Radiofrequency Ablation for Osteoid Osteoma

Overview

This minimally-invasive procedure is used to treat a rare type of benign tumor, called an osteoid osteoma, that forms within bone. This type of cancer most commonly occurs in the weight-bearing bones of children and young adults.

Preparation

In preparation for the procedure, the patient is anesthetized and positioned. Using fluoroscopic guidance, the surgeon inserts a thin tube (called a canula) through the skin and pushes it through the soft tissue to reach the surface of the bone.

Accessing the Tumor

The surgeon inserts a thin drill through the cannula and carefully drills into the bone to reach the osteoma.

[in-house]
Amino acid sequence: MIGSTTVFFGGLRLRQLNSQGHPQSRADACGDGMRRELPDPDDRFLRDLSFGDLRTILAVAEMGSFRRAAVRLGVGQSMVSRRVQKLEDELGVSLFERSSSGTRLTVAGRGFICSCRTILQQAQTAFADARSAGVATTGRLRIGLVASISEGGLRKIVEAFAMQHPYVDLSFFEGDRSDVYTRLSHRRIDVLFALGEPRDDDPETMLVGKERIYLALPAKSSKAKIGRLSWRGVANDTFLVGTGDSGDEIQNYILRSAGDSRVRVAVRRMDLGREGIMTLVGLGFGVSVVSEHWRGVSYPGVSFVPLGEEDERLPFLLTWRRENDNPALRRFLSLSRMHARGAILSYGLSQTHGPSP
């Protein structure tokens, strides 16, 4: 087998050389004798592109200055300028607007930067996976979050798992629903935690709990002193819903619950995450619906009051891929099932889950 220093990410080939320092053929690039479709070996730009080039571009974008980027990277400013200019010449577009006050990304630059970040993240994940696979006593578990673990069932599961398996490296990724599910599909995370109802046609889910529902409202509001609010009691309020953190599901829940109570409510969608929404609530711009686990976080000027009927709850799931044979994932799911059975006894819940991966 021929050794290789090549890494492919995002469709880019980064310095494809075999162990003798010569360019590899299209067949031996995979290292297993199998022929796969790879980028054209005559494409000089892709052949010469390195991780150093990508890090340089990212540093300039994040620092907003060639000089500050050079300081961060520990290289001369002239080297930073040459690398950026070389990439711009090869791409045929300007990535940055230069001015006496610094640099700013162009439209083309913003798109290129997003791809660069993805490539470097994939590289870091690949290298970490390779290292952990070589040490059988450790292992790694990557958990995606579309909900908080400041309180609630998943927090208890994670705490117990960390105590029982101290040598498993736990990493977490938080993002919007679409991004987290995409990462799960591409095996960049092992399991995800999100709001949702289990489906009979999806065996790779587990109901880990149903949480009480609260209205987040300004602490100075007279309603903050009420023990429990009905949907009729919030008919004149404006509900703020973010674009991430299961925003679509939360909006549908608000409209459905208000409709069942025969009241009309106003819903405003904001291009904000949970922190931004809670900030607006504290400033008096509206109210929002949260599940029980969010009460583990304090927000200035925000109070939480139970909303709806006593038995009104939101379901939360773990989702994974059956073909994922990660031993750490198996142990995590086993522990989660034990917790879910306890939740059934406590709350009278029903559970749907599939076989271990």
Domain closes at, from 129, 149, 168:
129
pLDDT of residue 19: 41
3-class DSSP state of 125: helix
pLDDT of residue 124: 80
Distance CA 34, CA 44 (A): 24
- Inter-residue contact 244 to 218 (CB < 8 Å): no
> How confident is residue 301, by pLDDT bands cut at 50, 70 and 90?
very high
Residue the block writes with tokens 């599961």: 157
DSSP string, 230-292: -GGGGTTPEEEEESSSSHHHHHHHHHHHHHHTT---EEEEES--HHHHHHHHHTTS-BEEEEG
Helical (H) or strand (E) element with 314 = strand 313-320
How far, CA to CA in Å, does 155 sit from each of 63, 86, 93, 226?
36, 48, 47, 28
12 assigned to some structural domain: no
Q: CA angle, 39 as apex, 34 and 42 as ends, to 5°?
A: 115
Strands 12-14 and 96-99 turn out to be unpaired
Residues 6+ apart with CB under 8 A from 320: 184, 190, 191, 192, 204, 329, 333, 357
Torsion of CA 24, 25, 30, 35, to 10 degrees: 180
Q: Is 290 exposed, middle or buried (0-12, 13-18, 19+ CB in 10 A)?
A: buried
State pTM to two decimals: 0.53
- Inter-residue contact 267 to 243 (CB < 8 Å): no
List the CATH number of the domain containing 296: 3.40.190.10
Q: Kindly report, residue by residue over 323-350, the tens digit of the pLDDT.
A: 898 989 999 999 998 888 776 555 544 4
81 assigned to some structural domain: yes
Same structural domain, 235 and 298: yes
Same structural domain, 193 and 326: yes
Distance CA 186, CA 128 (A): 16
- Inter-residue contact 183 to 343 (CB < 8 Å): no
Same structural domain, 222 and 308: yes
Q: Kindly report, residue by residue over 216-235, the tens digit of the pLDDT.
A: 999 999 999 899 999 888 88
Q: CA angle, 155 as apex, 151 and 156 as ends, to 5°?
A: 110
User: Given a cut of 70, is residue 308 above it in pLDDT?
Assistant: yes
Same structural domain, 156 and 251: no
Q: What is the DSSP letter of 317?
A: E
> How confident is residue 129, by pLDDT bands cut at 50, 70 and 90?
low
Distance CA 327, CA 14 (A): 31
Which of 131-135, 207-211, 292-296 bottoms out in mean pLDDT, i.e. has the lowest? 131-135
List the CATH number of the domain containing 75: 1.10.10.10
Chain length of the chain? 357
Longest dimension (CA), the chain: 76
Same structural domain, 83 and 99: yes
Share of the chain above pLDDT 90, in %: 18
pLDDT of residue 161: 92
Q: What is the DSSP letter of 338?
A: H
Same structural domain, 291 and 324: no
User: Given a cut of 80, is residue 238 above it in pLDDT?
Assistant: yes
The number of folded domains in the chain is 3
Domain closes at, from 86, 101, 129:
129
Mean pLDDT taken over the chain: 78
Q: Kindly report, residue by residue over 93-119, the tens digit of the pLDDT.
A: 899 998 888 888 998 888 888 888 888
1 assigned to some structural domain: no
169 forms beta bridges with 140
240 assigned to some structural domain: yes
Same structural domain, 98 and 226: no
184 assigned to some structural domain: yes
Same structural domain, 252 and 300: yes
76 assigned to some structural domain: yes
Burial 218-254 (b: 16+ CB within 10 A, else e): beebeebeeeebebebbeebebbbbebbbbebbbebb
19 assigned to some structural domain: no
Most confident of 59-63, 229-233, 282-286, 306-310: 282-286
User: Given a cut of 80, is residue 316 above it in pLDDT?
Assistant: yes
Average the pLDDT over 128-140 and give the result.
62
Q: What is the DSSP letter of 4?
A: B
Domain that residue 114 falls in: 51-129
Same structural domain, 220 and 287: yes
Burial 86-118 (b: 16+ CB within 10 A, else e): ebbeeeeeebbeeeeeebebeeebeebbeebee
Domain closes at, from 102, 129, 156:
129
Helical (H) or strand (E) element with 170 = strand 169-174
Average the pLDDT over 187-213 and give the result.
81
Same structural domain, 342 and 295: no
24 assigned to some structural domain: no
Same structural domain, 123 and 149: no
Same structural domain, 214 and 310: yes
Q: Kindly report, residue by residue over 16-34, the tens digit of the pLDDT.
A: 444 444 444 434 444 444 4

Ablation

The surgeon carefully inserts a radiofrequency probe through the channel and guides it into the center of the osteoma. Once it is in position, the probe is heated for several minutes to destroy the tumor.

End of Procedure and Aftercare

When the procedure is complete, the probe and canula are withdrawn, and the insertion site is bandaged. Patients should notice a reduction in pain from the tumor within a few days, and may return to normal activities within a week. If the tumor is in a bone in the leg, the patient may be asked to refrain from stressful athletic activities for three months after the procedure.

© 2011 Swarm Interactive, Inc.